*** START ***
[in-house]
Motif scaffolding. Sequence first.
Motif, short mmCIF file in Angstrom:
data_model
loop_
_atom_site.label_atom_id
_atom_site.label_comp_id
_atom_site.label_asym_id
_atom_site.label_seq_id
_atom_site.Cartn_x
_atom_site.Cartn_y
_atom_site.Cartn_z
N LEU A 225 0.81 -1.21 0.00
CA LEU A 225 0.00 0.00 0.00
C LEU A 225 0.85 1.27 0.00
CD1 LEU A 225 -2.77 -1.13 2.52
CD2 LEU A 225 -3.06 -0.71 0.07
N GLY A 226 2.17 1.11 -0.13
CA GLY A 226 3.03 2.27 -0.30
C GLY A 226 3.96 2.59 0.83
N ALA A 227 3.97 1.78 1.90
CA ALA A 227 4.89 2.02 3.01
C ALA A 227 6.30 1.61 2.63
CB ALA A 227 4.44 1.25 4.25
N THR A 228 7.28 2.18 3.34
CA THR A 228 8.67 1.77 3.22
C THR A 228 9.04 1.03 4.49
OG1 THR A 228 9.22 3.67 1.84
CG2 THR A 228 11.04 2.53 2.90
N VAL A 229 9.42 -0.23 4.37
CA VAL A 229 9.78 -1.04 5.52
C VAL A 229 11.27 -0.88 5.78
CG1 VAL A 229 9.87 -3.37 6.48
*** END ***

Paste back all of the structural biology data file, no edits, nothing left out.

[in-house]
Motif scaffolding. Sequence first.
Motif, short mmCIF file in Angstrom:
data_model
loop_
_atom_site.label_atom_id
_atom_site.label_comp_id
_atom_site.label_asym_id
_atom_site.label_seq_id
_atom_site.Cartn_x
_atom_site.Cartn_y
_atom_site.Cartn_z
N LEU A 225 0.81 -1.21 0.00
CA LEU A 225 0.00 0.00 0.00
C LEU A 225 0.85 1.27 0.00
CD1 LEU A 225 -2.77 -1.13 2.52
CD2 LEU A 225 -3.06 -0.71 0.07
N GLY A 226 2.17 1.11 -0.13
CA GLY A 226 3.03 2.27 -0.30
C GLY A 226 3.96 2.59 0.83
N ALA A 227 3.97 1.78 1.90
CA ALA A 227 4.89 2.02 3.01
C ALA A 227 6.30 1.61 2.63
CB ALA A 227 4.44 1.25 4.25
N THR A 228 7.28 2.18 3.34
CA THR A 228 8.67 1.77 3.22
C THR A 228 9.04 1.03 4.49
OG1 THR A 228 9.22 3.67 1.84
CG2 THR A 228 11.04 2.53 2.90
N VAL A 229 9.42 -0.23 4.37
CA VAL A 229 9.78 -1.04 5.52
C VAL A 229 11.27 -0.88 5.78
CG1 VAL A 229 9.87 -3.37 6.48